Han's Christian Andersen's The Little Mermaid
This is the story of a little mermaid (imagine that) who falls in love with a human after seeing his statue in a sunken ship, and proceeds to stalk him, with tragic results.
I really don't know what to say about this tape, other than that I'm shocked that has remained in my house for 7-10 years. Regardless of my slackened jaw, on to the review!
I have to say the majority of these characters are worthy of being kicked in the face. The mermaid herself, Marina, is a clueless dolt who falls in love with some guy after seeing his STATUE. Does that seem like it would be a good start to a relationship to you? Well, I'd have liked to think that the guy (only listed in the credits as "the Prince") would have some redeeming qualities, but, alas, it is not to be, with the most telling line he says during the entire movie being:
This was a VHS, after all, so I can't comment on the Japanese language, but the English dub was competent, and in most cases it was superior to the Speed Racer dub. One problem I had with the sound on my copy of tape was a purring sound that ran through its entirety caused by the sheer age of the tape (around 24 years since the English version was released).
This based on the original story, but I'm not entirely sure to what extent that is correct. Anyone who has seen Disney's version will know the basic story, but this version is not a happy-fun-fun Disney release, the story may be straight forward, but the ending is best summed up by my brother (who had come over near the end) when he said "This isn't a happy movie, is it?", and he's quite right, although the narration tries to tack on something about her soul being allowed to return to the sea, but it is still a decidedly sad ending.
The characters are drawn tolerably well, and are excessively detailed, by excessively, I mean "I don't remember those being there!". This is not how I remembered them looking, I had thought the mermaids were undetailed, but I seem to have been sadly mistaken. The human characters are all well drawn( for the time) as well, and all of the characters (human and otherwise) have unique appearances. The character's fingers are rather thin, but that's a nonissue for the most part. The backgrounds are a bit sparse underwater, but look very nice on land, while the characters' movements are generally fluid, a few actions are rather stiff.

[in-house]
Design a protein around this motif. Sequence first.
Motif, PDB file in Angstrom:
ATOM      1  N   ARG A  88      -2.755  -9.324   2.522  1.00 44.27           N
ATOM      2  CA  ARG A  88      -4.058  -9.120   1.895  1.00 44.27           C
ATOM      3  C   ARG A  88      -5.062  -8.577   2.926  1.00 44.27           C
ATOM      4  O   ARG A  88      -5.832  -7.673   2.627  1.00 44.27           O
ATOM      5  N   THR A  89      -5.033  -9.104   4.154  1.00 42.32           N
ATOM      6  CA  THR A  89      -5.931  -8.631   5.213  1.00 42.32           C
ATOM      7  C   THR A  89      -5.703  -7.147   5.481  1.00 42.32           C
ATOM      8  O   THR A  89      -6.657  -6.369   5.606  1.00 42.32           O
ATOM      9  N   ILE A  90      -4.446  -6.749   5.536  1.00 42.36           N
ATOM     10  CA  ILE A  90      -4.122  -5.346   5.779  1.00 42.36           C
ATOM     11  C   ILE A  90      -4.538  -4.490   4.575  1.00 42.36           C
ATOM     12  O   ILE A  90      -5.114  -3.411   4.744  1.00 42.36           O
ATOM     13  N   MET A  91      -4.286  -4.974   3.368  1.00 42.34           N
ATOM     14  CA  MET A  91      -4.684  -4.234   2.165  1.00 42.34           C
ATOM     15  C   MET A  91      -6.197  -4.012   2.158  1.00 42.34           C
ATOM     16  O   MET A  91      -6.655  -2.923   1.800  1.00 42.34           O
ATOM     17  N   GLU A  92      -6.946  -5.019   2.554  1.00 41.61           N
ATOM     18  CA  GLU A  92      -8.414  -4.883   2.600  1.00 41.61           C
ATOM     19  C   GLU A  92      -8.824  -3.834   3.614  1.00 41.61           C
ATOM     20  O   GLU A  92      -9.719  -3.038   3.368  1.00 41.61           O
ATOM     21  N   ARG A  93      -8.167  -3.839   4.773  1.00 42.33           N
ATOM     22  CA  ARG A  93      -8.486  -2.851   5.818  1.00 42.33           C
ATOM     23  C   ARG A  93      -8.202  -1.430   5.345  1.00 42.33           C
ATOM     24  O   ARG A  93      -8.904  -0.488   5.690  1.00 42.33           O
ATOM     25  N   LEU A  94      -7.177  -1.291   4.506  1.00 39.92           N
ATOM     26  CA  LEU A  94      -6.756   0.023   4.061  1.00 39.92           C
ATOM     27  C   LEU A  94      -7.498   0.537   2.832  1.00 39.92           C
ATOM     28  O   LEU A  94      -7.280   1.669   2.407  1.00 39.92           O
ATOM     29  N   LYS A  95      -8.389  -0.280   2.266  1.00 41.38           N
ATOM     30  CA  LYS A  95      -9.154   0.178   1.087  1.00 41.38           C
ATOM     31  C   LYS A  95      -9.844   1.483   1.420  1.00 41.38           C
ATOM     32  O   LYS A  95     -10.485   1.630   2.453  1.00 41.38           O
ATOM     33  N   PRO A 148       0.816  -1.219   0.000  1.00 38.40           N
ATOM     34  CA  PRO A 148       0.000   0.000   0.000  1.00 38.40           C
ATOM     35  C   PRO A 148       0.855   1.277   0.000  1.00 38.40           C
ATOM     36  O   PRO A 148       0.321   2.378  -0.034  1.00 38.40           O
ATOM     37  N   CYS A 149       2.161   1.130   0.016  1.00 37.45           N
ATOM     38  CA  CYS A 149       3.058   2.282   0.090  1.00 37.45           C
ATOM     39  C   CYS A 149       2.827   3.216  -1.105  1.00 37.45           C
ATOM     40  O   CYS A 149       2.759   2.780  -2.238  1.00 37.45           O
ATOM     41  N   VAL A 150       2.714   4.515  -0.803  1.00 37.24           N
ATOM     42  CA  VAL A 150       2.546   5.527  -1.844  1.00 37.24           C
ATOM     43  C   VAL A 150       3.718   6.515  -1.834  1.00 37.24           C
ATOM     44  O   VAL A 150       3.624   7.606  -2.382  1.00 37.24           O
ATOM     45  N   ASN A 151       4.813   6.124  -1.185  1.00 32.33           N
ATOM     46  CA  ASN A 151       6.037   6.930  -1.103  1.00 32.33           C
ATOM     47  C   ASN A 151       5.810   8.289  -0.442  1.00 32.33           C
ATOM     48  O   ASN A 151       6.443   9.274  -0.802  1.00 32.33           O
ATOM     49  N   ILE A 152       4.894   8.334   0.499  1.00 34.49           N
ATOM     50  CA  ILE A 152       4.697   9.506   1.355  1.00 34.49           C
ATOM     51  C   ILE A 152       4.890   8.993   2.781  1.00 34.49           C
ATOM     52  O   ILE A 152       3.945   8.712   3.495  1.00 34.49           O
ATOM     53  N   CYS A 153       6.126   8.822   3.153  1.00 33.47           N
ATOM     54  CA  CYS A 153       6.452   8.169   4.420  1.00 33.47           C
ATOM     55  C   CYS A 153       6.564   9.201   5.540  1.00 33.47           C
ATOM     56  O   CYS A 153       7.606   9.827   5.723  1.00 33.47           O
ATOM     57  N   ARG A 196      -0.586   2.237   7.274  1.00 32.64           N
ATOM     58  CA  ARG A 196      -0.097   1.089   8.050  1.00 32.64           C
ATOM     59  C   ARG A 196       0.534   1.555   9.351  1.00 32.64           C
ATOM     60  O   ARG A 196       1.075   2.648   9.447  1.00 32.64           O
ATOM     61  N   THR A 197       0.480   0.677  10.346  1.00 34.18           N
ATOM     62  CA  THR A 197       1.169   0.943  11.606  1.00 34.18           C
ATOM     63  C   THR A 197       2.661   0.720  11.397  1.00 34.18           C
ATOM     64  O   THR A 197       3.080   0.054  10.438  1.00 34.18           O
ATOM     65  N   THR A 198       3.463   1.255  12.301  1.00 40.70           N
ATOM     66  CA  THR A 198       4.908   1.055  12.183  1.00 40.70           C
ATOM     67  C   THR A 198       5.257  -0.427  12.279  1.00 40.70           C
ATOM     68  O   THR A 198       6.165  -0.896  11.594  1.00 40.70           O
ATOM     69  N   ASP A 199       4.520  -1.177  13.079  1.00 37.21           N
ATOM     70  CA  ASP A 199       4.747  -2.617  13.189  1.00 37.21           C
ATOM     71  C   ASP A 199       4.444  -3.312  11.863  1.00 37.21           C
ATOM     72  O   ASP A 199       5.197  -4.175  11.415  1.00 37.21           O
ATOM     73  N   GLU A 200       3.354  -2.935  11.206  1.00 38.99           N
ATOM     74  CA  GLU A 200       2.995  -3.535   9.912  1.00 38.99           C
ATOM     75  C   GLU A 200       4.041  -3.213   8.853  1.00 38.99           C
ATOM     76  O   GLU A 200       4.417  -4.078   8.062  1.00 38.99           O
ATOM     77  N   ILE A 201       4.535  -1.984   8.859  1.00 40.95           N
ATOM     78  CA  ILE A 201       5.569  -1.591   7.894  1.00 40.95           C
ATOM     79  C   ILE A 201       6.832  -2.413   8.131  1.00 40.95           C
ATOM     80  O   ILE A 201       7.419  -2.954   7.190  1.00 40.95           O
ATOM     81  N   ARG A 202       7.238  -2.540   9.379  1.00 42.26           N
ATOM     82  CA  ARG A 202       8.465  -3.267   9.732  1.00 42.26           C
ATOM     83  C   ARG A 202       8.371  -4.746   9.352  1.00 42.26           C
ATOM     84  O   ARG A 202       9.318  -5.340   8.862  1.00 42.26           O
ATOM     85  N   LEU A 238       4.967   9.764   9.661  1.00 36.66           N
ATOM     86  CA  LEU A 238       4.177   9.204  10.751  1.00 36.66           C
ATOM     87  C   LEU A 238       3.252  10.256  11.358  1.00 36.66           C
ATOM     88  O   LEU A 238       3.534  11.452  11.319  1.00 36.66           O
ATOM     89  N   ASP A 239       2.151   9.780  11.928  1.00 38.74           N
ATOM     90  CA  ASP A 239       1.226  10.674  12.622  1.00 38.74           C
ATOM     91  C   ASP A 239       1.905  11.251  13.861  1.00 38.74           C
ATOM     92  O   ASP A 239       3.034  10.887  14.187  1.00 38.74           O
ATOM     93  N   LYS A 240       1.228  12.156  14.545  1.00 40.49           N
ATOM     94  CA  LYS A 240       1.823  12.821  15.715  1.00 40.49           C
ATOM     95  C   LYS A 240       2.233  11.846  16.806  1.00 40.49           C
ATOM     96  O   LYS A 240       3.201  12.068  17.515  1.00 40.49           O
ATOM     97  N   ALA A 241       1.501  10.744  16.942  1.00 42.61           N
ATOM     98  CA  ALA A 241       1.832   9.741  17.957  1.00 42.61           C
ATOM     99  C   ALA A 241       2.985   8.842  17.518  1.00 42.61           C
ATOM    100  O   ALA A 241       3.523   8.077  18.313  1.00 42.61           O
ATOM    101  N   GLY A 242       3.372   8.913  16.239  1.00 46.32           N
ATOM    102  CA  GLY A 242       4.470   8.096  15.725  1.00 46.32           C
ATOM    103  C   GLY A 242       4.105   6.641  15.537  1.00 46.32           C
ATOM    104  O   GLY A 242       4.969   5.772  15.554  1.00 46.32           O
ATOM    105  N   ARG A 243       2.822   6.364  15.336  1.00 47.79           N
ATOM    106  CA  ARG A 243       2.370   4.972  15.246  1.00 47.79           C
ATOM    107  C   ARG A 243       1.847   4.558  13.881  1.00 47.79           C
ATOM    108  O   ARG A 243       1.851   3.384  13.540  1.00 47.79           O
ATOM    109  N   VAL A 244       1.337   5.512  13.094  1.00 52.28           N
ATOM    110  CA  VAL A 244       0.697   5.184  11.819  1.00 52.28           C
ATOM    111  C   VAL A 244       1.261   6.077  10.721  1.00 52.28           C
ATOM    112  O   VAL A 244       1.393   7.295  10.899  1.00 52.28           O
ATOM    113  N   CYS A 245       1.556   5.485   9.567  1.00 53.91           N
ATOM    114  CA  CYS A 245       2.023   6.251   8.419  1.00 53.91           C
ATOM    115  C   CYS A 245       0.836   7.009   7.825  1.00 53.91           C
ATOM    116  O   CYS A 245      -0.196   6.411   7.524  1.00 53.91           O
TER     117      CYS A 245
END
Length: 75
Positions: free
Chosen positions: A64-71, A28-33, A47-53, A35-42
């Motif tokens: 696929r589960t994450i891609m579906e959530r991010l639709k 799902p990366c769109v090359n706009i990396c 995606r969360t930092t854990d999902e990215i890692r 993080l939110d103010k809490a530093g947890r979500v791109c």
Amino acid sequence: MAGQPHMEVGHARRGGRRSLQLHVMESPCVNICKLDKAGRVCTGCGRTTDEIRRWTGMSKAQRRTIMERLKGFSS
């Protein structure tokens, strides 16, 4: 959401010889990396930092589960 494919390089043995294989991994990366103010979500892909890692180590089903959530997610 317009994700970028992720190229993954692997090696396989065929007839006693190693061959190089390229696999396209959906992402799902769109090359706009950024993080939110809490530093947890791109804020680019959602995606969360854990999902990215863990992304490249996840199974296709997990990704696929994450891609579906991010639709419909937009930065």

The music is 70s. It's undeniably 70s synth that pervades what should be a classic story, not one of the movies MST3K ridicules. A single, wafting semi-song plays on occasion, but it's not very pleasant on the ears either.
This film has far too much nudity. I hadn't remembered it being like this, which is probably due to both the fact that I hadn't seen it in around seven years, as well as the fact that at that time I wouldn't have been taking in the details in order to write a review about it. This film wouldn't have survived in my family (since we're all conservative) were it not based on a classic story, which I don't think was a good enough reason, now that I see it again.
In finishing, I must say this was a disappointment, since I had remembered this being a passable story of the little mermaid, and I wish I didn't have to know it was so filled with pointless nudity, but those who dislike Disney may want to watch this anyway, just to see another take on the story. I also take issue with the use of a rapier as a slashing weapon, but this doesn't change my opinion of this film.
I would have given it three, because it is a fairly nice-looking retelling of the story of the Little Mermaid, but the nudity ruined all chance of that. Those who like or don't mind lots of topless mermaids may add one star. — Samuel Arbogast
Recommended Audience: No offensive language, just lots of topless mermaids, and some slightly bloody violence (of which Fritz is the primary party responsible).
Version(s) Viewed: VHS, English dub
Review Status: Full (1/1)
Han's Christian Andersen's The Little Mermaid © 1975 Toei
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